Saturday, July 14, 2018

Dylan and Shakespeare: Birds of a Feather

Photo credit: William Pagel
Warfield Theater, San Francisco
When did Dylan first start being compared to Shakespeare? I believe that at some point in the 90's such a comparison was being made, though at the moment I'm not finding it. This reviewer from the Guardian made the comparison explicit when Love and Theft was released. His review was written the day before the Twin Towers were slammed into, published that morning and lost in the rubble. It's an explicit comparison by a longtime fan named Matthew Tempest. Interesting name, inasmuch as that was Shakespeare's last play and now the title of Dylan's last studio album of original songs. The article title is right on target, so direct: Dylan's a modern Shakespeare.

While unearthing that I came across this insightful story in a 2010 blog post by David Charles titled Bob Dylan and William Shakespeare: A Reference Guide Part I. Mr. Charles has assembled numerous references to the Bard in Dylan's lyrics, many of them obvious, such as the famous line, "Shakespeare's in the alley" which the artist Skye borrowed to title her massive installation that was on display here during Duluth Dylan Fest in May.

The date was removed from this Big Think blog post but it's a more recent comparison, titled Was Dylan the 20th Century's Shakespeare?

My own earliest reference comparing the two great literary figures was in 2012 in a blog post titled Shakespeare and Dylan: Birds of a Feather. One common denominator between the two might be to see the extent to which both artist's sayings have been incorporated into our common culture. Here's just one hilarious example of the extent which Dylan permeates our culture. It's a story about five Swedish scientists who made a bet to see who could sneak the most Dylan references into their research papers. I am absolutely certain that this is not an isolated incident.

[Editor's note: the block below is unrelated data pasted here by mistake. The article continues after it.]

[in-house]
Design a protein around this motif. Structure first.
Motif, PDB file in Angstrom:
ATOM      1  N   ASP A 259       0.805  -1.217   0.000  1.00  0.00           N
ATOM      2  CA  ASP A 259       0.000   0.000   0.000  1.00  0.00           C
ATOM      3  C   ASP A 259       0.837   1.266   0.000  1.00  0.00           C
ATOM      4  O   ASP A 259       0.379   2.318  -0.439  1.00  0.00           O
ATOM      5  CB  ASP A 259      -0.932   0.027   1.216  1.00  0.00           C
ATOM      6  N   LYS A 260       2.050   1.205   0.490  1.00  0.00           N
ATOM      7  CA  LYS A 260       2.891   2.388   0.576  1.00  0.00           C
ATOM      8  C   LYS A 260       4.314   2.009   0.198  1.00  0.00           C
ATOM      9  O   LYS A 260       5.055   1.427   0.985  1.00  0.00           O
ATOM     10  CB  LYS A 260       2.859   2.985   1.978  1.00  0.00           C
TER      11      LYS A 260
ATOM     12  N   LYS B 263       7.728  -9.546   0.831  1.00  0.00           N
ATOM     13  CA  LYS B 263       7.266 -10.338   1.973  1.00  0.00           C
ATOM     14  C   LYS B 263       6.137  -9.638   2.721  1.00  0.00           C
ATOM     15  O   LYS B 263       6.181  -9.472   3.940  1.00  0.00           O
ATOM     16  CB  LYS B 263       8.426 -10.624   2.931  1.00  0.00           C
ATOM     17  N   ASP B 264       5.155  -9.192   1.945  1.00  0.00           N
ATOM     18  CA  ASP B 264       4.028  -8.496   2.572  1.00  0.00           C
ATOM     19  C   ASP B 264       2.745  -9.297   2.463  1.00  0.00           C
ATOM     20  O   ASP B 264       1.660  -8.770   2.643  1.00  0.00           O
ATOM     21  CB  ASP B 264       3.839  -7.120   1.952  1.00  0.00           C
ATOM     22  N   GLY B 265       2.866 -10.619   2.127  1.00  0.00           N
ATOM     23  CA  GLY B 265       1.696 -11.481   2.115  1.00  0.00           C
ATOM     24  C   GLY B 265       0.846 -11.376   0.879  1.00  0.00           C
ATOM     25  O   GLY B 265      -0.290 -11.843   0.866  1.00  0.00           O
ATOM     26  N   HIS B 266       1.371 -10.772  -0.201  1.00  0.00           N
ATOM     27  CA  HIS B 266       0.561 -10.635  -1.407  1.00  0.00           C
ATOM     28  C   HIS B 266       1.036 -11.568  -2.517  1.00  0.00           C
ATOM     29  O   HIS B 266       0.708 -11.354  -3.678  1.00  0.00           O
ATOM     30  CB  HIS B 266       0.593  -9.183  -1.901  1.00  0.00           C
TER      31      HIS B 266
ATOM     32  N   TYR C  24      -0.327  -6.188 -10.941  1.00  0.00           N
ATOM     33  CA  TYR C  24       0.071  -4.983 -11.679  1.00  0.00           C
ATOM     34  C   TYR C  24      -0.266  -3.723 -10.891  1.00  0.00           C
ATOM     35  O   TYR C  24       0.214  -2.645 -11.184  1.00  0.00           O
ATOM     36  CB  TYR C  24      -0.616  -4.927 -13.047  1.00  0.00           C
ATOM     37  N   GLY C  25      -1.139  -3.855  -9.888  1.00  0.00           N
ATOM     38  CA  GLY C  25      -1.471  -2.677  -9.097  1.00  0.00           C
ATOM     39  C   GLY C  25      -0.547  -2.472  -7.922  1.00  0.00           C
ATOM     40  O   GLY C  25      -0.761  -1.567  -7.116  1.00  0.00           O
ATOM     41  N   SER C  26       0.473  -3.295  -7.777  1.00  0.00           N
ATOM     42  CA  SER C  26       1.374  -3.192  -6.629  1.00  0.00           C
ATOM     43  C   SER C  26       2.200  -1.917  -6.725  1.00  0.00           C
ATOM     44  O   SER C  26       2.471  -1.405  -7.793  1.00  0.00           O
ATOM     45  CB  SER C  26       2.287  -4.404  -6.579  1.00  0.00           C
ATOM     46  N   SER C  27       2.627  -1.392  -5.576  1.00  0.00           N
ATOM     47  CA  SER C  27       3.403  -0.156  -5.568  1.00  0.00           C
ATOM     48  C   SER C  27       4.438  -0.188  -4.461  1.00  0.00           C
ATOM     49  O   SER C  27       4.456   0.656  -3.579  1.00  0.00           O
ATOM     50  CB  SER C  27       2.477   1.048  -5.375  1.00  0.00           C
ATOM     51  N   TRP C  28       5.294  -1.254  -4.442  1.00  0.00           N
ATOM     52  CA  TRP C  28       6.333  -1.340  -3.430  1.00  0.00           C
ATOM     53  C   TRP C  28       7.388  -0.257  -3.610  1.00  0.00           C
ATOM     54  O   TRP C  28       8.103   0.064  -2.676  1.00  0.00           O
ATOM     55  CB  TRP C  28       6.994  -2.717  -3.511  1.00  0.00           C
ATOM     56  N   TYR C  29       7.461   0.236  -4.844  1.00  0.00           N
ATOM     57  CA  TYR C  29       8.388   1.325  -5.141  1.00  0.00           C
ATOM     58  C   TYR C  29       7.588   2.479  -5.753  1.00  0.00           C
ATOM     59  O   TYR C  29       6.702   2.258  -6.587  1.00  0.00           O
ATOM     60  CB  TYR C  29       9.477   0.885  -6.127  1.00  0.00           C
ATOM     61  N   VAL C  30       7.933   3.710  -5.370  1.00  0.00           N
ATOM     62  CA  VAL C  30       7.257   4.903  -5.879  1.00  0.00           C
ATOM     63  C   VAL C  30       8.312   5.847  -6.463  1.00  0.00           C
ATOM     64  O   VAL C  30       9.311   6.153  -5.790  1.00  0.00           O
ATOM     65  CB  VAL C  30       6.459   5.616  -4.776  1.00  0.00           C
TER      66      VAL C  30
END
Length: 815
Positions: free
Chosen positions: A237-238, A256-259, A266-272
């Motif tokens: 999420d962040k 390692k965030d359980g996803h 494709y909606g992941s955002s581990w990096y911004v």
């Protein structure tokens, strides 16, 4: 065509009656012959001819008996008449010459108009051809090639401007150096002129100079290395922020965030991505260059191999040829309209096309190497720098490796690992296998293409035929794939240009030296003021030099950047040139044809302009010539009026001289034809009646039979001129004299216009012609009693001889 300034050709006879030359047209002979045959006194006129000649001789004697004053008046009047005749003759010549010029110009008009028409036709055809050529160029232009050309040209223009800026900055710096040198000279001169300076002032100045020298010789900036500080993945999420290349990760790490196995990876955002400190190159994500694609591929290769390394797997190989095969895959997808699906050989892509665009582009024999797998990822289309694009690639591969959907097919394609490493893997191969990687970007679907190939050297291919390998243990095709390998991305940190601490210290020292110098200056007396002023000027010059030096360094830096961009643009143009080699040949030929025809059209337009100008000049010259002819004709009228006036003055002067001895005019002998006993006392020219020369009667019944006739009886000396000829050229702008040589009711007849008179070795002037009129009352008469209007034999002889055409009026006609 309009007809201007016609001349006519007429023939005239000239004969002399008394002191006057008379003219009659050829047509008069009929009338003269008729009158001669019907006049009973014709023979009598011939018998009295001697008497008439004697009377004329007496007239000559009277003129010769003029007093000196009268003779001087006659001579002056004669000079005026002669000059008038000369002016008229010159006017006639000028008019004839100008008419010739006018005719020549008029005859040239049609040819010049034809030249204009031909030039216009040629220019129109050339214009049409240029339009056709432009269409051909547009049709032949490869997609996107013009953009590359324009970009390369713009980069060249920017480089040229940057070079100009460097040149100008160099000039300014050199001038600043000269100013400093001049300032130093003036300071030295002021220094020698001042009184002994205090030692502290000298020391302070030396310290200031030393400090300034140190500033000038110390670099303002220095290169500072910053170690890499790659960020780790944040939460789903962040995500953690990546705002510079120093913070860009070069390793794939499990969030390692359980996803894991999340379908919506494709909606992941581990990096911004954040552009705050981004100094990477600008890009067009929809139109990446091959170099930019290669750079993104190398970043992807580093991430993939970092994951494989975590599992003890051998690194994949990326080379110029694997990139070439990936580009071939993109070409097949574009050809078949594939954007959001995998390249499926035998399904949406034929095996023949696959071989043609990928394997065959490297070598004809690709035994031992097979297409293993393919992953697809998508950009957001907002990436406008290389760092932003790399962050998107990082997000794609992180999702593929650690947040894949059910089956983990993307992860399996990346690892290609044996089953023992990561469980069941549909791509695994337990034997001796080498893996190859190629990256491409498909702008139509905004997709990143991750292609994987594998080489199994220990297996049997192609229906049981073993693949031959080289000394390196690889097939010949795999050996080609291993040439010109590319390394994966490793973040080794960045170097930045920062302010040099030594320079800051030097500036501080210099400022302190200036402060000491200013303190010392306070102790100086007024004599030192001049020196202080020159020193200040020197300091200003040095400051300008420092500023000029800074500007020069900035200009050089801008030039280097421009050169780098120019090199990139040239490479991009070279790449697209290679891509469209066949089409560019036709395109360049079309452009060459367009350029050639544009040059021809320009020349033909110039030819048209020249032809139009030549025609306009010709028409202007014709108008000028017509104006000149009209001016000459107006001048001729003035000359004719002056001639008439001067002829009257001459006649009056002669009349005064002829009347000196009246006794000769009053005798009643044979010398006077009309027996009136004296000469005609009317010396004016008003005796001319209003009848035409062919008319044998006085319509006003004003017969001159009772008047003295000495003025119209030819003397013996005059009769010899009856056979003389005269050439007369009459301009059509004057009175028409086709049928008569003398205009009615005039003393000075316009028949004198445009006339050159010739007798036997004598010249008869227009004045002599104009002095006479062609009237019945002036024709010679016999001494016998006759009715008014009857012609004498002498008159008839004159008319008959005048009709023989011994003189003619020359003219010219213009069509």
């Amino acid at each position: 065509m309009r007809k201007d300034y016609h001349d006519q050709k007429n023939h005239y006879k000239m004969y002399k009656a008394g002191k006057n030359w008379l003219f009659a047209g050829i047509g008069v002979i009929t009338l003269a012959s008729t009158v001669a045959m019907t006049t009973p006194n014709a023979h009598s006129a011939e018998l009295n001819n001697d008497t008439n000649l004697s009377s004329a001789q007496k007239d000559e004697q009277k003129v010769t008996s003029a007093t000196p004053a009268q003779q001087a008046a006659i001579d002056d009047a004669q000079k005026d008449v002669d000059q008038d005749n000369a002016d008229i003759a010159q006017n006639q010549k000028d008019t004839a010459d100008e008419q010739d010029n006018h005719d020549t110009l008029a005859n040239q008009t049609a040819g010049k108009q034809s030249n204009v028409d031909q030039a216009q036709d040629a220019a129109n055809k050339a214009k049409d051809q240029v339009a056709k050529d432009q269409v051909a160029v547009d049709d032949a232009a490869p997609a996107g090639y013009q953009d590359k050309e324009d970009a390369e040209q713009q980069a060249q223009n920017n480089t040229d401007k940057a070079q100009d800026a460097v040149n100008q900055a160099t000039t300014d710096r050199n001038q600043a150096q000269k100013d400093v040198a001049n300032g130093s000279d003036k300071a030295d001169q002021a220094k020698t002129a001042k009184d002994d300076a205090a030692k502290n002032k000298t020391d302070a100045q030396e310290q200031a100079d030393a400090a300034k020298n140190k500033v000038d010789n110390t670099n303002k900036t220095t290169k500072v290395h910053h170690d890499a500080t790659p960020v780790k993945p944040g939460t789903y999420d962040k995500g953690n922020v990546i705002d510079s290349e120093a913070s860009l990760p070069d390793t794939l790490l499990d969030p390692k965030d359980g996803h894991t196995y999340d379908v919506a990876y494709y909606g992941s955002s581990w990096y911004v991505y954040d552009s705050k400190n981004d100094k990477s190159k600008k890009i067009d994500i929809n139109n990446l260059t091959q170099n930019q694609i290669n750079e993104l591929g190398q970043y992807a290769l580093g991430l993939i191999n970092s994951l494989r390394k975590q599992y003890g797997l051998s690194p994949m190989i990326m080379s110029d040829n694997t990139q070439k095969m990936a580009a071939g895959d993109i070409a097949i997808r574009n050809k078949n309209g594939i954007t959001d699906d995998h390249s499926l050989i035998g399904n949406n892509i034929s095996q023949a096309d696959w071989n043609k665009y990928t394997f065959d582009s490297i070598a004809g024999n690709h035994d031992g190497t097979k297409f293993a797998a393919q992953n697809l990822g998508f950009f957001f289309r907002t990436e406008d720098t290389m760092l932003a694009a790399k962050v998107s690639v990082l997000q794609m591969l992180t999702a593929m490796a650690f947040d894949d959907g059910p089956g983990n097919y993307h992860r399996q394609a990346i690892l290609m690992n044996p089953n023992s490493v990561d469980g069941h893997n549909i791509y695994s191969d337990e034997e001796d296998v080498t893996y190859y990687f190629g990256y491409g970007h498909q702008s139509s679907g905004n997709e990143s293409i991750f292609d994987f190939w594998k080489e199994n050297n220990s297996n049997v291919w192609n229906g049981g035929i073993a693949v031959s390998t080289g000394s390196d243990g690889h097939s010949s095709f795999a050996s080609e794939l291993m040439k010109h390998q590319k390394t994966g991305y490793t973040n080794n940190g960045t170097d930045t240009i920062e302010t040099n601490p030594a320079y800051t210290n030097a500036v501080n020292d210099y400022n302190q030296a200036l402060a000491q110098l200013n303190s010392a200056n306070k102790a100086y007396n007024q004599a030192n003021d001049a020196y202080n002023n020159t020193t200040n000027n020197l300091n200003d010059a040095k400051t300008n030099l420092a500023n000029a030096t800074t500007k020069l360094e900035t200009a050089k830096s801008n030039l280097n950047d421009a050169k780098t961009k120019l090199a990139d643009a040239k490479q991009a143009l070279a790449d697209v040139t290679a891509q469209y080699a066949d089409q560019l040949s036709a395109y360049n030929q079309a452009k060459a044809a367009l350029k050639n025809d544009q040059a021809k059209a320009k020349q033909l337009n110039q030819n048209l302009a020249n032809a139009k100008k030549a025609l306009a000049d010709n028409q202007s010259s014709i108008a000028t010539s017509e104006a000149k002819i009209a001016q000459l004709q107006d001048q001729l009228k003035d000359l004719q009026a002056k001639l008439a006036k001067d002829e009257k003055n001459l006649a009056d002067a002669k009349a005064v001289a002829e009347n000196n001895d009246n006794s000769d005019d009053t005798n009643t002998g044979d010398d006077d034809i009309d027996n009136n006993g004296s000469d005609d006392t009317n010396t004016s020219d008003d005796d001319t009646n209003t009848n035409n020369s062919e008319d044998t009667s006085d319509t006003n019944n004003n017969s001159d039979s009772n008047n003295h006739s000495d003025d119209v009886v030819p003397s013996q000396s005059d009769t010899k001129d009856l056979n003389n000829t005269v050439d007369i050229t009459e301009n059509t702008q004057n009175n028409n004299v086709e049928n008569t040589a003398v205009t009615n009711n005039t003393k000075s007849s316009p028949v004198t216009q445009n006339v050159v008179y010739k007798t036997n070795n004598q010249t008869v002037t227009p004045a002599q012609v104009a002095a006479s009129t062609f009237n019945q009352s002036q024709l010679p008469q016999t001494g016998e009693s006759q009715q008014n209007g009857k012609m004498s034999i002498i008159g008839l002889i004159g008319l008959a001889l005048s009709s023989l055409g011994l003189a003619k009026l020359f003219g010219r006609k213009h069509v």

Painting by Ed Newman
A number of years ago I wrote a blog post about all the pithy sayings that originated with Shakespeare that have become part of our common day-to-day speech. On the anniversary of Shakespeare's death (April 23, 1616) Dan Rather did a radio monologue that consisted of Shakespeare sayings that have become part of our lingo today. It was much longer than you can imagine and included familiar sayings like, "All the world's a stage" and "There's a method in his madness" (paraphrased) and "Brevity is the soul of wit."

In a similar fashion I believe there will be more Bob Dylan lines quoted as part of daily life than any other writer from our generation. Here are some lines and images that will be remembered a long time.

A Hard Rain’s A-Gonna Fall

The Times They Are A-Changing.

"Come mothers and fathers,
Throughout the land,
And don’t criticize,
What you can’t understand."

Positively 4th Street:
"Yes, I wish that for just one time,
You could stand inside my shoes,
You’d know what a drag it is,
To see you."

The answer, my friend, is blowing in the wind.

All Along the Watchtower
“There must be some way out of here,”
said the Joker to the Thief.
“There’s too much confusion,
I can’t get no relief…”

“Tangled Up In Blue”

“Hey, Mr. Tambourine Man play a song for me
... in the jingle jangle morning I will follow you.”

Like a Rolling Stone
“How does it feel to be on your own,
No direction home, like a complete unknown,
Like a Rolling Stone.”

“God said to Abraham kill me a son…”

“Sometimes even the president of the United States is gonna have to stand naked...” (People will be quoting that for as long as there is a United States.)

“May you stay forever young.”

Mississippi
"You can always come back, but you can't come back all the way."

The Man In Me
"The man in me will hide sometimes to keep from bein’ seen,
But that’s just because he doesn’t want to turn into some machine."

Like a Rolling Stone
"When you've got nothing, you got nothing to lose."

Not Dark Yet 
"Behind every beautiful thing there's been some kind of pain."

To Ramona 
"The flowers of the city,
Though breathlike, get deathlike at times.
And there's no use in tryin',
To deal with the dyin',
Though I cannot explain that in lines."

You’re a Big Girl Now
I’m going out of my mind
With a pain that stops and starts
Like a corkscrew to my heart
Ever since we’ve been apart

"It's Alright, Ma (I'm Only Bleeding)" 
Pointed threats, they bluff with scorn
Suicide remarks are torn
From the fool’s gold mouthpiece the hollow horn
Plays wasted words, proves to warn
That he not busy being born is busy dying

Actually, it's impossible to eliminate any line from It's Alright, Ma because on any given day a different verse can speak to you. Alas....

* * * *

After Dylan released his last studio album of original songs, Tempest, there were an ever increasing number of comments and references to how much Dylan and Shakespeare have in common. How apropos it was that when the Nobel Prize was awarded to our contemporary Bard, the Nobel Prize people even made comparisons between the two men.

For those who missed it when Dylan's acceptance speech was first given, I have included it here. I'd intended to quote the portion where he discusses Shaekspeare's relationship to his art. Because ll rights are reserved as regards reproduction of the lecture other than to use the embed code permitting this audio reproduction, I have included it here in its entirety.



Meantime, life goes on all around you. Engage it.

No comments: